Impressions: Project Z Spec Ops

As a rule, most modern wargaming figures are either metal or resin. Due to the relative niche amount of interest in ultramodern wargaming, it’s never really made financial sense to release plastic multi-part kits. There is however one place where a modern wargamer may find some suitable figures. Of course, it’s inside the subject matter that always sells, the genre that has a habit of spreading.. like a virus. Zombies.

Project Z, Warlord Games’s entry into the zombie market, contains several kits of multi-part plastic figures designed to give you the widest option for assembling your gang of survivors. I’m going to look at one of them which seems the most interesting for gamers looking to build military forces, the Special Operations Team. From researching, these plastic kits were originally from Wargames Factory; the Special Ops frame was one that didn’t quite make it out the door before Warlord bought and repackaged the entire range.

Alongside the Project Z specific components, the box contains one pack of 10 bases and a single sprue of operators, with enough bodies and legs to make 8 operators in total. The frame has a quite large number of weapons included (both attached to arms and unattached), giving you a wide variety of options. As well as the classic M4 and AK families, there are also weapons for the Chinese and British. For a bit of extra kick there is also a combat shotgun, what’s supposed to be an AT4 and an RPG (both in the hand and stowed alongside some extra rounds). All the parts are nicely moulded, showing off all the little details on the guns such as rail sections and various attachments. On the other hand, the plastic is super soft and I managed to bend almost all the barrels when cutting them off the sprue. Although I like the sheer variety of guns, it does mean you don’t have enough combined arms and weapons to make a full 8 man team with the same style of weapon – you’ll either need to make two small teams or be willing to do some additional cutting up.

The sprue includes some other handy details. There is a nice selection of heads with multiple types of helmets (US Army ACH and British Army Mk6 ish), balaclavas, bandanas and boonie hats. You can also add some extra details to make the squad look even more operator with NVG monoculars, belt mounted stowage and pelvic armour. There is even a block of C4 and some assembled IEDs for base detail or creating ingame markers.

For all the positives, things get worse when you start actually building the guys. All the bodies share the same basic design (hydration bladder and plate carrier) with different shoulder positions designed for different arm/weapon combinations. There is a fancy guide available from Warlord for showing which arms go with which bodies. Documentation is nice but there seems to be a miscalculation in terms of arm sets. There seems to only be one of most of the lettered arms which can leave the second round of guys to be left with the more unusual arms. Combined with the limited leg options, this can lead to some really strange poses.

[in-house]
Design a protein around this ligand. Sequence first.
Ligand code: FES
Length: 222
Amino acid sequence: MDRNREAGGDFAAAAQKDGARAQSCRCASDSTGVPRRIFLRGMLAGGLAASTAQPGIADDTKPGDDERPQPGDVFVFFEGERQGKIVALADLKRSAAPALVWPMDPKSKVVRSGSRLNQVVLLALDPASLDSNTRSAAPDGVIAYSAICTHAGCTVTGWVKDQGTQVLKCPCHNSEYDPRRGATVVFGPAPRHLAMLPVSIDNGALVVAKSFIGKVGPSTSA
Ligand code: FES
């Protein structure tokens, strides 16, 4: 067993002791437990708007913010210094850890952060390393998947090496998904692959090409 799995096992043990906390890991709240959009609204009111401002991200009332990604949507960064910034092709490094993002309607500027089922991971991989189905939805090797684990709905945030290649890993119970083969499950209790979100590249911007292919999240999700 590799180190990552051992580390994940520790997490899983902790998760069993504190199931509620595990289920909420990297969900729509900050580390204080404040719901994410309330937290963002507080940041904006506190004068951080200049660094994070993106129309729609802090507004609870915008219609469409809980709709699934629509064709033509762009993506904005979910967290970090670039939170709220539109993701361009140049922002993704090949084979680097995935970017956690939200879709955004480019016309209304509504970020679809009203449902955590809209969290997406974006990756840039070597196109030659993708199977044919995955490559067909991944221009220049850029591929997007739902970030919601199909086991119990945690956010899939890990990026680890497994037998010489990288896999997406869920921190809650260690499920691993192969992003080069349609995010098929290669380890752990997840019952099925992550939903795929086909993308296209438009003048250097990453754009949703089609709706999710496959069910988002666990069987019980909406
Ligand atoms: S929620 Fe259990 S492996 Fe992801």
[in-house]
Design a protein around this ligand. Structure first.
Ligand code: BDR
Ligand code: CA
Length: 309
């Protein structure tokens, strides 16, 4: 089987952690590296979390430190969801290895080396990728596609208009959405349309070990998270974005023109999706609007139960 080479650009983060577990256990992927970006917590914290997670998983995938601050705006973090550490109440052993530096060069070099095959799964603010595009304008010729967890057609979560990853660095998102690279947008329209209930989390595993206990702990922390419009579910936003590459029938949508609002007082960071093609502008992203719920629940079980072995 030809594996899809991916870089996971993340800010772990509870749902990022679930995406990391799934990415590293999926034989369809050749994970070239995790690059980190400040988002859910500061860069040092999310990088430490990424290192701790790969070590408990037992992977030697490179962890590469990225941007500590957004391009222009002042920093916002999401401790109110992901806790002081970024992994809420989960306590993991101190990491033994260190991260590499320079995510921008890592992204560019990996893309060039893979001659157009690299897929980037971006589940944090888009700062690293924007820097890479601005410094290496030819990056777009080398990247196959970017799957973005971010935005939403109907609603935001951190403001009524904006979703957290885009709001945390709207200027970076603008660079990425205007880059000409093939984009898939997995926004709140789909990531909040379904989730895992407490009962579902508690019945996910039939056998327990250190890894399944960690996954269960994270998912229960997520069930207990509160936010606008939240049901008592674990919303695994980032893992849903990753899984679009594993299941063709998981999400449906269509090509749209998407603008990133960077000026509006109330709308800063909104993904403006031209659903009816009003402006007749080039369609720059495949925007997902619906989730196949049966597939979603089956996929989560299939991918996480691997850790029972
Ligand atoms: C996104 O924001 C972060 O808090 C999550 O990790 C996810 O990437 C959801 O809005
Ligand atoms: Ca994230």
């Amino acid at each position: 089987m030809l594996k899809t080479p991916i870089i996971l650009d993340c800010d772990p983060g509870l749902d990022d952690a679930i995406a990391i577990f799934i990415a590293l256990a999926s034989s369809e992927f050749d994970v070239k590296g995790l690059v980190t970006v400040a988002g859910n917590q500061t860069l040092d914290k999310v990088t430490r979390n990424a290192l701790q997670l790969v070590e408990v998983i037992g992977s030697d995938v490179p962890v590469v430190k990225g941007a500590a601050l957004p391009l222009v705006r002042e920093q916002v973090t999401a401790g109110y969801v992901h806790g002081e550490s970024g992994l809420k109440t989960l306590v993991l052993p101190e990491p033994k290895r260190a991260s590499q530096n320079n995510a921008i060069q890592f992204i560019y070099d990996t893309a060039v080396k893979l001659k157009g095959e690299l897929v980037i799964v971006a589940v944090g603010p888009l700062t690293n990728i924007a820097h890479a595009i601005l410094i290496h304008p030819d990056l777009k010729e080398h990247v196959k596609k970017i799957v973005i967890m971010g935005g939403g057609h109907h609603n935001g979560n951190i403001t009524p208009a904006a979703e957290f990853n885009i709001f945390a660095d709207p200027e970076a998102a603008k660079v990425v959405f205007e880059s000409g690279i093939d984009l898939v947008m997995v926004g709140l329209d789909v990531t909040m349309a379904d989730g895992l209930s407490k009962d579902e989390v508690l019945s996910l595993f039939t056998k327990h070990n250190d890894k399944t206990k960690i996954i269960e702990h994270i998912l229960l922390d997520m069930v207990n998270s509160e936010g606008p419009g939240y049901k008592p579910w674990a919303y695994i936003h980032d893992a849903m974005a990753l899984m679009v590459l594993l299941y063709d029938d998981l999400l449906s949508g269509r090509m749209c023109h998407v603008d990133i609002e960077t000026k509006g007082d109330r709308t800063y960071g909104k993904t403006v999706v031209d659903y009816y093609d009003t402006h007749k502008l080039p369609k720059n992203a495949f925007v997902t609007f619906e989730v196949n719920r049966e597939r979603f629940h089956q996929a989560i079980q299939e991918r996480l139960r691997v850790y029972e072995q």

After a relatively quick construction process (complete with plenty of frowning) and a painting sprint, here are the finished models. As I was losing my interest in them, I decided to go with the quick and dirty single colour clothing schemes covered up with some washes. Due to some of the issues I had with the parts, I had to create two themed four man teams rather than building one full size squad.

Team 1 is done in a Western look, with AR15 pattern weapons and a combat shotgun. For all of these, I used the ACH heads (except for the mandatory “marksman in boonie”) and added the crotch armour and extra stowage. Tan armour and weapon details offset the green of the clothing.

For Team 2, I went for a more Russian/Irregular look with the AK variants and a RPG ready to go. As an opposition to the tan tinged Westerns, these guys are all in greens and blacks. I’ll admit, I quite like the RPG gunner. With some arm tweaks he looks like he is ready to pop out and take down a vehicle or two.

And of course, here is the classic “new figure range” comparison. From left to right: Empress recent, Empress older, Warlord Games, Eureka, Spectre


Honestly, I don’t think I’ve bought a set so far that I’ve hated the process of making as much as I did working. There is definitely some good points about this set but between some of the design decisions and the soft plastic bending left right and centre really soured me on the box. The main thing though is that, apart from pieces for conversion work, the set gives you nothing you can’t get from other manufacturers at better quality.

If you really, really want some plastic modern troopers (or need some of the guns for conversion work) I’d skip this box. Instead, you can buy four figure frames directly from Warlord. I get the feeling that (with the limited arm selection) this was how the sprue was meant to be sold before being redesigned. I still don’t think it will solve the posing problems but it does give you a few more options. On the other hand, if you play Project Z, the main box does include the cards and extra details you’d need.

If you’re reading this on release day (13/04/2018) or while catching a ride to London on the following day, I’m going to be at Salute in London on the 14/04/2018. I’m always happy to meet and talk with anyone who reads my site, so keep your eyes open for the bag shown in Monday’s Wargaming Week


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